5. 2010: Nadal d. Robin Soderling [6-4, 6-2, 6-4]
Big-serve, big-forehand Swede Soderling had ended Nadal’s Roland Garros unbeaten streak of 31 matches in the 2009 fourth round. Nadal was diminished in that event by knee tendinitis, so much so that he left the tour to recuperate and missed the chance to defend his Wimbledon title. Coming back in ’10, Nadal himself had to wonder if he could possibly be dominant again. What better way than by slashing through a relatively good draw without the loss of a set, then beating the man who had ended his winning streak a year earlier, Soderling?
4. 2005: Nadal d. Mariano Puerta [6-7 (6), 6-3, 6-1, 7-5]
Denied the opportunity to vie for — and probably win — the 2004 French Open at the age of 18 by a thumb injury, Nadal was a whirlwind during his debut on Parisian clay. His spectacular rise had already produced a world No. 2 ranking. He ripped through a number of quality players, including Frenchmen Richard Gasquet and Sebastian Grosjean, setting up his first Grand Slam clash with Federer in the semifinals. Nadal won it in four sets, then crushed Puerta — who would soon thereafter be suspended for violating the tour’s prohibition against performance-enhancing drugs.
3. 2006: Nadal d. Federer [1-6, 6-1, 6-4, 7-6 (4)]
Any top player will tell you that the toughest assignment for the first-time winner of a major is defending the title successfully. Though barely 20 years old, Nadal defeated two of the only men who ever would take his measure at Roland Garros — Soderling (Round 1) and Djokovic (who retired with a mysterious sinus ailment during their quarterfinal, with Nadal up two sets to none). Though ranked and seeded No. 2, Nadal triumphed over top-ranked Federer in a four-set final. This is the tournament that put the King of Clay on the path to his coronation.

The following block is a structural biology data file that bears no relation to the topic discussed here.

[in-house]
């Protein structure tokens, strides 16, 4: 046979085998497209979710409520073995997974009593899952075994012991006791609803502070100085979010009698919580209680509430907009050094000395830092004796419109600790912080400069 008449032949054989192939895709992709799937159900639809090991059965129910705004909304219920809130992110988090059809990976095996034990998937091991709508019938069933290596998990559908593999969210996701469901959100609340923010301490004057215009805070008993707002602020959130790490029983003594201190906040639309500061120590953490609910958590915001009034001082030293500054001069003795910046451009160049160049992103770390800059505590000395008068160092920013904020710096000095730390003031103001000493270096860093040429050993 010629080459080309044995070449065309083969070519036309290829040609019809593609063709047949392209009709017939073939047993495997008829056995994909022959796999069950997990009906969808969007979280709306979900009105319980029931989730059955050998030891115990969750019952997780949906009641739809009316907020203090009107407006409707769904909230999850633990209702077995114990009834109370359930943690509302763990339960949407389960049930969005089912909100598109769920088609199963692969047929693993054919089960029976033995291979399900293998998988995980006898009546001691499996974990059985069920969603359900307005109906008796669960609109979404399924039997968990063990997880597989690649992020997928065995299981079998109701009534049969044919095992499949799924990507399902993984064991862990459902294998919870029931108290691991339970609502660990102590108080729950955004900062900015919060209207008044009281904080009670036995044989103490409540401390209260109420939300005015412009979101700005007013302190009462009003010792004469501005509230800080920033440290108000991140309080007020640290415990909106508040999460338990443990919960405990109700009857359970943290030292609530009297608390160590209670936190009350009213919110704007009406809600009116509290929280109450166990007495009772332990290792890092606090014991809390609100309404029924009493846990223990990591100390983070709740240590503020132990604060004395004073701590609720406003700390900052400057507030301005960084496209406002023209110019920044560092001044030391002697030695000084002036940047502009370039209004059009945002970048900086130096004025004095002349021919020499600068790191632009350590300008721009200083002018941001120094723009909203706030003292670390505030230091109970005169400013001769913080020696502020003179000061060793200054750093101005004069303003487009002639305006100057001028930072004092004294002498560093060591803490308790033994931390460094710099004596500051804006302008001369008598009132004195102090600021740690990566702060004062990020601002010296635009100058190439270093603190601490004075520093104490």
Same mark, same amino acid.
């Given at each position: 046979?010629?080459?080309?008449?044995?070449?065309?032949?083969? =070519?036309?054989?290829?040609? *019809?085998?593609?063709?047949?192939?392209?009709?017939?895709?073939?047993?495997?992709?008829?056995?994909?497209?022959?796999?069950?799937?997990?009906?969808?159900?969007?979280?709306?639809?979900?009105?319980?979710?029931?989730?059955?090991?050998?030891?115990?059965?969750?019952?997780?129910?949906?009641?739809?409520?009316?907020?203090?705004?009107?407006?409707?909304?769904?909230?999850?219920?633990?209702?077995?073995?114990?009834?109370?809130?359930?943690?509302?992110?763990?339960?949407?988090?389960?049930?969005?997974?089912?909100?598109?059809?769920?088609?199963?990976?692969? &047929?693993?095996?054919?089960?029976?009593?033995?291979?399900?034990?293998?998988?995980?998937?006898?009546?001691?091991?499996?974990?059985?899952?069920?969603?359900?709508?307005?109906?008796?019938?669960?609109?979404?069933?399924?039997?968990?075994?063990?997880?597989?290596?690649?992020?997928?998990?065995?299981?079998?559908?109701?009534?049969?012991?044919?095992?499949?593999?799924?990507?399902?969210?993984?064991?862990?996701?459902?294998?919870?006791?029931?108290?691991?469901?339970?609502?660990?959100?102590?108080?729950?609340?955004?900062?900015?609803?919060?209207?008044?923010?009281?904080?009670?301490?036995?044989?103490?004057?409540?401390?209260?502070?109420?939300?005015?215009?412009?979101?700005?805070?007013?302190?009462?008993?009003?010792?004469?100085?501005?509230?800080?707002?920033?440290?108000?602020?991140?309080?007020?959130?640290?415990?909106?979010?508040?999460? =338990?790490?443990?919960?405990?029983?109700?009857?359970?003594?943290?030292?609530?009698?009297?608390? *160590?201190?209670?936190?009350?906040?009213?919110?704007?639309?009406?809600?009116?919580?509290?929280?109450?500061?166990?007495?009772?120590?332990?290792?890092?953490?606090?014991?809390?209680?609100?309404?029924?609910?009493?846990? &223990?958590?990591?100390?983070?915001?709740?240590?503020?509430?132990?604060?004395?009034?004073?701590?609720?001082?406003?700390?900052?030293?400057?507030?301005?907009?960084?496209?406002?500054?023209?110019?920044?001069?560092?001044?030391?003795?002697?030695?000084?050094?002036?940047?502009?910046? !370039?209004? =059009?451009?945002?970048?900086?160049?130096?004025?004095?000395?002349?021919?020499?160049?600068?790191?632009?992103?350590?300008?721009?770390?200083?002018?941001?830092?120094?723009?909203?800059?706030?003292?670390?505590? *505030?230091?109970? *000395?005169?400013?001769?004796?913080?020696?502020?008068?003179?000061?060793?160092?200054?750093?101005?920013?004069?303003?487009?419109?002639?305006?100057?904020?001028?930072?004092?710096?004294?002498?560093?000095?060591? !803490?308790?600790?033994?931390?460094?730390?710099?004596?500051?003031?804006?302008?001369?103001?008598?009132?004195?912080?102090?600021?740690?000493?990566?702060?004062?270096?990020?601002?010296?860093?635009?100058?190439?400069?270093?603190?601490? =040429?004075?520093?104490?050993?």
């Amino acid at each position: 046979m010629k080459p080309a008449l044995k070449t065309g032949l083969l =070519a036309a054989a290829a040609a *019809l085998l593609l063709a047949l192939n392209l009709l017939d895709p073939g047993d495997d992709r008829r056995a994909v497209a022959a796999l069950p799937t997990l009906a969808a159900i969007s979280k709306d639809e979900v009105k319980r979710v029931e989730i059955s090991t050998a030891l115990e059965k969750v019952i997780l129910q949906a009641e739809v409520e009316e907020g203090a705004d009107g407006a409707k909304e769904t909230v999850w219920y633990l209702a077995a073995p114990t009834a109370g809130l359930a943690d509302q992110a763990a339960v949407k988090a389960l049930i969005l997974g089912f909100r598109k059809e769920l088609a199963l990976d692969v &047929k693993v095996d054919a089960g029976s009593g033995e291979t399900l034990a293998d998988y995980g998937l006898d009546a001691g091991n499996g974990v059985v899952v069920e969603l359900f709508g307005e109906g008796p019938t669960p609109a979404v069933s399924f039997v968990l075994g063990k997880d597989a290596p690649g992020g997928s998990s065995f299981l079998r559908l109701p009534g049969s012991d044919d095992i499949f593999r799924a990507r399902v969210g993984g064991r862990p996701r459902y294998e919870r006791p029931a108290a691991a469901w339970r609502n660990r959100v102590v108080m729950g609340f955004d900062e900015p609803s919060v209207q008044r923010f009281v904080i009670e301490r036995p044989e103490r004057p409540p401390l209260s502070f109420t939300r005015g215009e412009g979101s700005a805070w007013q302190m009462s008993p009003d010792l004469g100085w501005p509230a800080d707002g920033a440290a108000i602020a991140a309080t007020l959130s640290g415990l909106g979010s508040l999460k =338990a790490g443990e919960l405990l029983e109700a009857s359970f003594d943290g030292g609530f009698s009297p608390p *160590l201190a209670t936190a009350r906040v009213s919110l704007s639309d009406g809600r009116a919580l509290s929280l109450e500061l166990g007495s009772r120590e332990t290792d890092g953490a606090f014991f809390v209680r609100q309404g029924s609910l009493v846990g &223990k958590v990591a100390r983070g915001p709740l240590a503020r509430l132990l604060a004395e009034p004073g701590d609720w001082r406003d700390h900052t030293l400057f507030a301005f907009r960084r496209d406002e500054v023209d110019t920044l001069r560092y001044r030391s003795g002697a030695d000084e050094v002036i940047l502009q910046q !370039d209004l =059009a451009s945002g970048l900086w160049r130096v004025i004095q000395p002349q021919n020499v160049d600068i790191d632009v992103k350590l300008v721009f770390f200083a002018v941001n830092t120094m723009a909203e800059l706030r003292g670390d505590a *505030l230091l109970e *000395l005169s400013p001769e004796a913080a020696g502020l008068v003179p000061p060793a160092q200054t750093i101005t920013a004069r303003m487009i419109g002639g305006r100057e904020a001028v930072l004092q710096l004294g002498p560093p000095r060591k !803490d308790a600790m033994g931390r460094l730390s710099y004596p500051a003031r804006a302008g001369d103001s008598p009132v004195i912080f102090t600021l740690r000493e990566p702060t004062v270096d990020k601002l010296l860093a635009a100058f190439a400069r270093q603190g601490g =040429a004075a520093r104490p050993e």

2. 2013: Nadal d. David Ferrer [6-2, 6-2, 6-3]
This might not have been one of Nadal’s smoothest paths to the final, but years later he would call it the one he feels “most proud” of. The reason? He competed for most of that year with a bad knee, making it impossible for him to practice. With the victory, Nadal became the first man to win eight Grand Slam titles at the same major. Nadal lost sets in his first two matches, and it took him until 9-7 in the fifth to beat No. 1-ranked Djokovic in the semifinals. It was a monumental struggle for Nadal, culminating with an anticlimactic straight-sets win in the final.
1. 2019: Nadal d. Thiem [6-3, 5-7, 6-1, 6-1]
We’re not going to be prejudiced against this one just because it’s fresh in our minds. The reality is that Nadal turned 33 this month, he missed much of last year due to his chronic knee tendinitis, the French Open is the most arduous of the majors — and who knows how long Nadal will still be around? Returning from that injury layoff at the Australian Open, he was shellacked in the final by Djokovic and then had — for Nadal — a so-so clay season. Yet he raced through an admittedly kind draw this fortnight, dropping just two sets, eliminated resurgent rival Federer in the semifinals and then claimed a mind-boggling 12th French Open.